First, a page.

It’s not the breasts that offend

Published On August 1, 2017 | By Wim | General

Suske en Wiske is one of the longest-running comics in the Dutch language. It is mainly aimed at children, and as such feels ever growing competition of animation and games. Even though it is still the best-selling comic in Dutch (with 100,000 copies per new title), sales are continuously declining, prompting publisher De Standaard to try out various ways to update the series.

(Suske en Wiske throughout the years)

In May of this year, a new look for the series’ main characters was introduced, providing Suske and Aunt Sidonia with an updated wardrobe (hoodies and boots) and Wiske with longer hair and breasts. As could be expected, there was a bit of tutting but overall, the changes were met with a resounding, “Mèh”.

For the latest album, Mami Wata, the publisher and the creative team wanted to push the envelope a little more. The title character, the African sea goddess would make their appearance with bare breasts. Sneak peeks were released online, and the expected buzz was created. However, not as the publisher wanted…

People did take notice of the image, but they predominantly objected to the rather old-fashioned, stereotypical way the black male in picture was represented. Nozizwe Dube, the president of the Flemish Youth Council, was the first to express her anger on Twitter, but also writer Dalilla Hermans wrote that the images “called up painful memories of racist images from our colonial past”.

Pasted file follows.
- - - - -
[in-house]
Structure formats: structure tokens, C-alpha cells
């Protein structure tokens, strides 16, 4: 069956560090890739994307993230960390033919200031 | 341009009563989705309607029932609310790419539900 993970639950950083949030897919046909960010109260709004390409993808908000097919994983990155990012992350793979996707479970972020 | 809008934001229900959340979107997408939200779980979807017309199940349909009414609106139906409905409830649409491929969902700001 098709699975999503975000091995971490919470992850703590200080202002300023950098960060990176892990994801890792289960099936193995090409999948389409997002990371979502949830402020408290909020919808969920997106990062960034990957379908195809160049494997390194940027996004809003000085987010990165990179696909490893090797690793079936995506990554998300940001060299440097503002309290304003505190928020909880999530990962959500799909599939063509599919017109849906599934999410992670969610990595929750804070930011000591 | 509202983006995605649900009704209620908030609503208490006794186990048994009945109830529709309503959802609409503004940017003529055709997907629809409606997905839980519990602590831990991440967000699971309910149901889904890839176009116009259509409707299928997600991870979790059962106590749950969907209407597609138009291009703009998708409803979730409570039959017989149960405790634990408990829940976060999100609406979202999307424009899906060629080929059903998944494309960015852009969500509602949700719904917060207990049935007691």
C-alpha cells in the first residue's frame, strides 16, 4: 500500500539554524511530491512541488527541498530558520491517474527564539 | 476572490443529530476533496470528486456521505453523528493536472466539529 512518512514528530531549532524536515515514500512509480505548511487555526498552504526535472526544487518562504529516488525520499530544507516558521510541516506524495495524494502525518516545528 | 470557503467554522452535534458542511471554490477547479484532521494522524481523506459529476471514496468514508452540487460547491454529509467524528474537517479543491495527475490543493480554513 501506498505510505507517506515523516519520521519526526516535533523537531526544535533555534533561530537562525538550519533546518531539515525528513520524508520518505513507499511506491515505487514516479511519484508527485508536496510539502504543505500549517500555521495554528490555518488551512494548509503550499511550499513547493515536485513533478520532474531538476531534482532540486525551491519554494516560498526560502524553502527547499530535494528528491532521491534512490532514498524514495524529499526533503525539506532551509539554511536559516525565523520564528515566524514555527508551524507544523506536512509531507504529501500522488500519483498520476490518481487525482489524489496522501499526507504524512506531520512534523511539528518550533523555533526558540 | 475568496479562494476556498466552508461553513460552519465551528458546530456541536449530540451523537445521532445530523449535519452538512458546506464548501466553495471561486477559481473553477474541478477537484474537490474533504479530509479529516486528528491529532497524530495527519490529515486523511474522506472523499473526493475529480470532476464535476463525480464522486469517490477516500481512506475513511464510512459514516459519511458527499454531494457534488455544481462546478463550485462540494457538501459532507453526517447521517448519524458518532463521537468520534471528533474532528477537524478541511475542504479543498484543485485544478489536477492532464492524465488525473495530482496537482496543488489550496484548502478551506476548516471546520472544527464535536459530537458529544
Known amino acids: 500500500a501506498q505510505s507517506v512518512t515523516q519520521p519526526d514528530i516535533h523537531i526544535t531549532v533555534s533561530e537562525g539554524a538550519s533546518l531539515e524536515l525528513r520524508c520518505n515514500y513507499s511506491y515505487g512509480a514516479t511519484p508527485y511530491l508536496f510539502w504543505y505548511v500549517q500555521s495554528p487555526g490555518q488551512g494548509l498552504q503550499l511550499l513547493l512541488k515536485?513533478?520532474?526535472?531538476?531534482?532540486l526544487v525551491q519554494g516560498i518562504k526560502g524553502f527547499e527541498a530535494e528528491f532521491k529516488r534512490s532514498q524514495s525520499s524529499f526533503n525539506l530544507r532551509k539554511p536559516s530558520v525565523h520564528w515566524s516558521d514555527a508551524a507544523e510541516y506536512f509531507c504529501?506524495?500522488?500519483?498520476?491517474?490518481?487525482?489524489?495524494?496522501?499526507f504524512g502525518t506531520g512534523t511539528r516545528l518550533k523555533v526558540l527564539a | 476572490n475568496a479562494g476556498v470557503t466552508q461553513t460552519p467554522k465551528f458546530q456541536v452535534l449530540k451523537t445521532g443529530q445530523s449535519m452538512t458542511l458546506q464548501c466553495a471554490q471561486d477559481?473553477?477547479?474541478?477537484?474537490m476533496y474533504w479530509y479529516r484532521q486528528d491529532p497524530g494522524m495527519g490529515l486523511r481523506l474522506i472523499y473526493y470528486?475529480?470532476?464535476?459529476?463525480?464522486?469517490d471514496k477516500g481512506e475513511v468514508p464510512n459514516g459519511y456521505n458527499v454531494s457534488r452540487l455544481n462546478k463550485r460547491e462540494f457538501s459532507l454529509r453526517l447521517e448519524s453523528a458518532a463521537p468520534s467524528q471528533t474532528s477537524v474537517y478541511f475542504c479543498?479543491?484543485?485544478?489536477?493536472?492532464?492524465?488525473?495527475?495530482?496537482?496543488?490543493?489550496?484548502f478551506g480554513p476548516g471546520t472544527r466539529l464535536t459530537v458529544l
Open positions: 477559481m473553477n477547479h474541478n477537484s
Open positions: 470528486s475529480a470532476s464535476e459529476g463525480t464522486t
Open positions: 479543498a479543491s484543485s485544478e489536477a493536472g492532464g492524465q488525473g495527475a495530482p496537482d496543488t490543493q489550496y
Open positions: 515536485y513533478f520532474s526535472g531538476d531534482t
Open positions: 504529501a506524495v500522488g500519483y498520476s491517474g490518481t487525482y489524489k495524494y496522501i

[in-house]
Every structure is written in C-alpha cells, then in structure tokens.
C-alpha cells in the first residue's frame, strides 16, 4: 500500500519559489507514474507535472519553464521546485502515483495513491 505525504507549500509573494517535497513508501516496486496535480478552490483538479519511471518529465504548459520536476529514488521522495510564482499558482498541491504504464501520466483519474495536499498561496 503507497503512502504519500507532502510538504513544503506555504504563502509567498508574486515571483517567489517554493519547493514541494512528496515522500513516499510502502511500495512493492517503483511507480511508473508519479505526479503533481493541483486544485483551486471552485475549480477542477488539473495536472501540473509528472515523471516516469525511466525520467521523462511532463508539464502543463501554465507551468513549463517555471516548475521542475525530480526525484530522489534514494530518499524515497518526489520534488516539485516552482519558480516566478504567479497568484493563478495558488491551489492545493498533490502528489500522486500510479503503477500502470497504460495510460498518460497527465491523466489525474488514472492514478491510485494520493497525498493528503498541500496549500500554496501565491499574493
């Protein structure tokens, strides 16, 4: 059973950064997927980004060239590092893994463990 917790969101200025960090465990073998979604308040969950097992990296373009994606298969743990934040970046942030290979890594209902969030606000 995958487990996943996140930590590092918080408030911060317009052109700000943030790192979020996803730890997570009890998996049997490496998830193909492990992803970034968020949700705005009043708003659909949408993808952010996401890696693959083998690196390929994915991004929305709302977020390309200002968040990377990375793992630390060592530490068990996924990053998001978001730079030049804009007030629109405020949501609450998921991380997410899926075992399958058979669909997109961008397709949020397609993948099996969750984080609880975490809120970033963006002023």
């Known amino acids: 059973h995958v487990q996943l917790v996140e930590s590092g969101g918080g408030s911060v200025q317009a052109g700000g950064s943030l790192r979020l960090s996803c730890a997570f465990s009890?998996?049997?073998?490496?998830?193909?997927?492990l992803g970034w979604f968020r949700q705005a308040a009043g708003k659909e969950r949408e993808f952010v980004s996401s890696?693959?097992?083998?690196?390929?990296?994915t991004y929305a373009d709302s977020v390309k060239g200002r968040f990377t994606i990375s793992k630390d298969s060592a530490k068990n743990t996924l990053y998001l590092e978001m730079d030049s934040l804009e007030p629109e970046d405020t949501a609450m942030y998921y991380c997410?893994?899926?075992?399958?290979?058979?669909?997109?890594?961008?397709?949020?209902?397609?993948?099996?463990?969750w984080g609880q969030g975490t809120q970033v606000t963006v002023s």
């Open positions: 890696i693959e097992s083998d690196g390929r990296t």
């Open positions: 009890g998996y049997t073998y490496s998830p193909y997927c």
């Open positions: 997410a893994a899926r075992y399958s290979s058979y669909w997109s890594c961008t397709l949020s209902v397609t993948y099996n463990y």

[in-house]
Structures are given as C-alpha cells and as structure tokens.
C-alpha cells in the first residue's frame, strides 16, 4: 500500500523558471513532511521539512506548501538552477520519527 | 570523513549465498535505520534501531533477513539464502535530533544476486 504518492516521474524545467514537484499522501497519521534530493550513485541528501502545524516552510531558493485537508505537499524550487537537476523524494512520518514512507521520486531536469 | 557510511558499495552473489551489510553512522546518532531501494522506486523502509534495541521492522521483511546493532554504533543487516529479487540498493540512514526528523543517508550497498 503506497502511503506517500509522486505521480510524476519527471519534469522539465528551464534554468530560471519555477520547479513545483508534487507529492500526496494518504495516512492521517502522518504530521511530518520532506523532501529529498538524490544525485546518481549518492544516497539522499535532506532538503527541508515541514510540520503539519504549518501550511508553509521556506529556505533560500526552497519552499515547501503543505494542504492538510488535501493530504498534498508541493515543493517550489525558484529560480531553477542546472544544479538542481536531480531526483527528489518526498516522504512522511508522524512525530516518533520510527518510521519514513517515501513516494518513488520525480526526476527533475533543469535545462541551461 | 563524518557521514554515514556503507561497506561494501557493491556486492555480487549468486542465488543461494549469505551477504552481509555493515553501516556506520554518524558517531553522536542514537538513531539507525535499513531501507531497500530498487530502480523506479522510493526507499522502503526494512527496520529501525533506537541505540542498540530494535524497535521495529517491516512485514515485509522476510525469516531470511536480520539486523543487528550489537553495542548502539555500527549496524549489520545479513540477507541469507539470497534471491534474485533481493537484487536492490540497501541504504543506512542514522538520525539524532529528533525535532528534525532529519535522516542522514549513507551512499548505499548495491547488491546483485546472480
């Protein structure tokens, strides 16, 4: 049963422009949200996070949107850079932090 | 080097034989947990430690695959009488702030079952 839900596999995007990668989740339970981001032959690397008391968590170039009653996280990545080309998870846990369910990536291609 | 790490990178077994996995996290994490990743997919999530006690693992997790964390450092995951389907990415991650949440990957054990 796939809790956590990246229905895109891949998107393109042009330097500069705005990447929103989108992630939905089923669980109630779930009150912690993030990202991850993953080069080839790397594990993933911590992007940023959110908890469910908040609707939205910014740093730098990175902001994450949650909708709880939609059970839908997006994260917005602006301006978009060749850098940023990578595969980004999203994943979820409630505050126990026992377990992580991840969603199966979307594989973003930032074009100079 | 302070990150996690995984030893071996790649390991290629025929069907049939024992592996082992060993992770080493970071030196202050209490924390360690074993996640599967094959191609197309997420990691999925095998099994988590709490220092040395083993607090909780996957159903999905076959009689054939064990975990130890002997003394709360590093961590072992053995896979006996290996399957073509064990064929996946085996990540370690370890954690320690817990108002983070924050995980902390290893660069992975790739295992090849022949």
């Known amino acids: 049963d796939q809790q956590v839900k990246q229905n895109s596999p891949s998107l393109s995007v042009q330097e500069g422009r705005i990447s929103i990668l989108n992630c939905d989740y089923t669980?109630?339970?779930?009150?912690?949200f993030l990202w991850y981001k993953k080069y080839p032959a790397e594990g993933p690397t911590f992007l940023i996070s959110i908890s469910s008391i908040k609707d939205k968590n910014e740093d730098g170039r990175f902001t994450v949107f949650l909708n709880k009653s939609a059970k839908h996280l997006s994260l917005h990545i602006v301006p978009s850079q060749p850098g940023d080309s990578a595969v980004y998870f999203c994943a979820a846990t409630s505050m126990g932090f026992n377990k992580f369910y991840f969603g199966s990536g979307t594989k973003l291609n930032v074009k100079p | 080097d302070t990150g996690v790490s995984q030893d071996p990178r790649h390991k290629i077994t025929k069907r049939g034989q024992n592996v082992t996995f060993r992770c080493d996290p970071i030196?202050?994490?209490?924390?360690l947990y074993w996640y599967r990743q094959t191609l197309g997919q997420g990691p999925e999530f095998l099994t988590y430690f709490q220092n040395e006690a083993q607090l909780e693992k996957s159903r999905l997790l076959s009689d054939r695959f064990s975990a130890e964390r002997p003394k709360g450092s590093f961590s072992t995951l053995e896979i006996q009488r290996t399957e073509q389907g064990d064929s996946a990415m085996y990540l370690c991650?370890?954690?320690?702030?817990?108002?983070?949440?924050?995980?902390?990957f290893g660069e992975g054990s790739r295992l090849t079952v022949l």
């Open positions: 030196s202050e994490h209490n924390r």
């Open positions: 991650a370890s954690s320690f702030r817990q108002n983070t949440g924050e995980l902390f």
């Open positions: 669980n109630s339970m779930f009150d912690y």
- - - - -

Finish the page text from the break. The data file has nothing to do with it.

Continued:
A campaign on social media to improve the picture resulted, amongst others, in this proposal by illustrator Stephanie Dehennin, which is as much a caricature as the original, but without the obvious racist undertones.

De Standaard has already expressed its apologies for this upheaval, but one month onwards, it is still unclear what will happen with the image in future editions of the book. Various media also asked how nobody in the decision chain of creative studio and publishing house caught on with this before the book was printed. One of the reasons may be that minorities are underrepresented, a returning complaint for Flemish media on the whole.

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